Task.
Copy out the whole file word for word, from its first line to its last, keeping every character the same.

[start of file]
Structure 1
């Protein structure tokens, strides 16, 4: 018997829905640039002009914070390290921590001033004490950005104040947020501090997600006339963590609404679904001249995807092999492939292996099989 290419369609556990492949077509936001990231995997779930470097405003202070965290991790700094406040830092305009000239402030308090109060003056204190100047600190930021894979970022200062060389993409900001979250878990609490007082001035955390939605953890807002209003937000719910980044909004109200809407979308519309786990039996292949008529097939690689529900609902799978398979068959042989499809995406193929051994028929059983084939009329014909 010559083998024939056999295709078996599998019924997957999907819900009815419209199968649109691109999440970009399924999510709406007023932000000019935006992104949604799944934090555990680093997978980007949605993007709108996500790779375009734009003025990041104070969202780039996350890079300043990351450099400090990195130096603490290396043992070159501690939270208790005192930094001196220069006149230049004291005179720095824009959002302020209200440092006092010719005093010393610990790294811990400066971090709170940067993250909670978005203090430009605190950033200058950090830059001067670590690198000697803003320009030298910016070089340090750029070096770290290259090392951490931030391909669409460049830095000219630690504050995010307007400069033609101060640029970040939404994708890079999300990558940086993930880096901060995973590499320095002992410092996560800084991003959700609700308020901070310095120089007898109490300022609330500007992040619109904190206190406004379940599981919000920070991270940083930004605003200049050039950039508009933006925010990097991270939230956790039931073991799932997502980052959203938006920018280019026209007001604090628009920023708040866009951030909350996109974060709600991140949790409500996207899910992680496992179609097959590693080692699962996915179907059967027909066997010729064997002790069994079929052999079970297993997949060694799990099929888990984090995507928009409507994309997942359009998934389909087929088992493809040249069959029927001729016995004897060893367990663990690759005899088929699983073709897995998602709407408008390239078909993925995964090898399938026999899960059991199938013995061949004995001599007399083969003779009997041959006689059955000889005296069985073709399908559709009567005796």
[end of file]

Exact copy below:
Structure 1
């Protein structure tokens, strides 16, 4: 018997829905640039002009914070390290921590001033004490950005104040947020501090997600006339963590609404679904001249995807092999492939292996099989 290419369609556990492949077509936001990231995997779930470097405003202070965290991790700094406040830092305009000239402030308090109060003056204190100047600190930021894979970022200062060389993409900001979250878990609490007082001035955390939605953890807002209003937000719910980044909004109200809407979308519309786990039996292949008529097939690689529900609902799978398979068959042989499809995406193929051994028929059983084939009329014909 010559083998024939056999295709078996599998019924997957999907819900009815419209199968649109691109999440970009399924999510709406007023932000000019935006992104949604799944934090555990680093997978980007949605993007709108996500790779375009734009003025990041104070969202780039996350890079300043990351450099400090990195130096603490290396043992070159501690939270208790005192930094001196220069006149230049004291005179720095824009959002302020209200440092006092010719005093010393610990790294811990400066971090709170940067993250909670978005203090430009605190950033200058950090830059001067670590690198000697803003320009030298910016070089340090750029070096770290290259090392951490931030391909669409460049830095000219630690504050995010307007400069033609101060640029970040939404994708890079999300990558940086993930880096901060995973590499320095002992410092996560800084991003959700609700308020901070310095120089007898109490300022609330500007992040619109904190206190406004379940599981919000920070991270940083930004605003200049050039950039508009933006925010990097991270939230956790039931073991799932997502980052959203938006920018280019026209007001604090628009920023708040866009951030909350996109974060709600991140949790409500996207899910992680496992179609097959590693080692699962996915179907059967027909066997010729064997002790069994079929052999079970297993997949060694799990099929888990984090995507928009409507994309997942359009998934389909087929088992493809040249069959029927001729016995004897060893367990663990690759005899088929699983073709897995998602709407408008390239078909993925995964090898399938026999899960059991199938013995061949004995001599007399083969003779009997041959006689059955000889005296069985073709399908559709009567005796």